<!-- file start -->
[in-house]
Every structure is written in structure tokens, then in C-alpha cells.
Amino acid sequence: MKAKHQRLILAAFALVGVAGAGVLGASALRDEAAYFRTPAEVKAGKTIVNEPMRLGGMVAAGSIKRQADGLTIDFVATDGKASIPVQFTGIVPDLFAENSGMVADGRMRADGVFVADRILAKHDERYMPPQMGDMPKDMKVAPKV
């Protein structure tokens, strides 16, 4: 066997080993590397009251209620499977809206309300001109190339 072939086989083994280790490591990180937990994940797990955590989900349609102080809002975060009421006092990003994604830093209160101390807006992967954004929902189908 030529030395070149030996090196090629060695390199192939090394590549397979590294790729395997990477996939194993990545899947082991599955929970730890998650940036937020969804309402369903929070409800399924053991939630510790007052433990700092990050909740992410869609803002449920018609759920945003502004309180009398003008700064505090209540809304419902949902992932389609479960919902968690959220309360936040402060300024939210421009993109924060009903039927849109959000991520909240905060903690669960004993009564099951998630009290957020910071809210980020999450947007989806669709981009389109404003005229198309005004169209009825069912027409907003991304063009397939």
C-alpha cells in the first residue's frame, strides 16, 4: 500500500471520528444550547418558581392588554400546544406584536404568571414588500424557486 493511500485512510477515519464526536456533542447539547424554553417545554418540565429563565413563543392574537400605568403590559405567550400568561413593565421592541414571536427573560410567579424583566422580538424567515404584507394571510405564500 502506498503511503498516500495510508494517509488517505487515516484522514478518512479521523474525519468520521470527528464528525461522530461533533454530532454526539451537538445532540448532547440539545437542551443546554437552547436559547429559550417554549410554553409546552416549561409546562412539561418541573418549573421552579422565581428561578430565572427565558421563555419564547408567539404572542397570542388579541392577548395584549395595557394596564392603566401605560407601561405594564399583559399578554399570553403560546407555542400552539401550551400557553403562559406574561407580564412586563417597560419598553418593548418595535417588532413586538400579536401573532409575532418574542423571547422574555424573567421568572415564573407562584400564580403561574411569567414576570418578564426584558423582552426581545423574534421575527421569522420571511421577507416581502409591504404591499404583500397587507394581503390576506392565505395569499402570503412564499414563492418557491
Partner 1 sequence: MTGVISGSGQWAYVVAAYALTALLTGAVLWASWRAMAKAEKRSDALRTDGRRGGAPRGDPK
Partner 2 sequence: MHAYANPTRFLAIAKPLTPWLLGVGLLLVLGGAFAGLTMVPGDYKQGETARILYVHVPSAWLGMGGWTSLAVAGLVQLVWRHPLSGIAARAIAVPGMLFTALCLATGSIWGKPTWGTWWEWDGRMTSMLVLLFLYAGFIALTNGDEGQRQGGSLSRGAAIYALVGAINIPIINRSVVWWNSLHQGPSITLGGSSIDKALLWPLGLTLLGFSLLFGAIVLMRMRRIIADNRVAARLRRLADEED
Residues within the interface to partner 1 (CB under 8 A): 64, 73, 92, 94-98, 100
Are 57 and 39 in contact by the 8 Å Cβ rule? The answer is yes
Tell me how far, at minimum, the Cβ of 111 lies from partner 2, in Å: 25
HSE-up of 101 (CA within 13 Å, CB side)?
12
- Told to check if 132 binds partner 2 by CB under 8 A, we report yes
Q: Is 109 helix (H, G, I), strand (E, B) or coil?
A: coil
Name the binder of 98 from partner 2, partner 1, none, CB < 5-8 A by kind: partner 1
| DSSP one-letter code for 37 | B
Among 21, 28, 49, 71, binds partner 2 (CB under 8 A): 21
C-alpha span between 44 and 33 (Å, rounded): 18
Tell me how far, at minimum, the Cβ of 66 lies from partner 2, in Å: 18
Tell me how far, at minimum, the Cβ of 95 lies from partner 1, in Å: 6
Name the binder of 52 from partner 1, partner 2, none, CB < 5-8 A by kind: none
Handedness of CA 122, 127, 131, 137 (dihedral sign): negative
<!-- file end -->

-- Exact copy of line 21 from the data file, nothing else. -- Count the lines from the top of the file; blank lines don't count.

Tell me how far, at minimum, the Cβ of 95 lies from partner 1, in Å: 6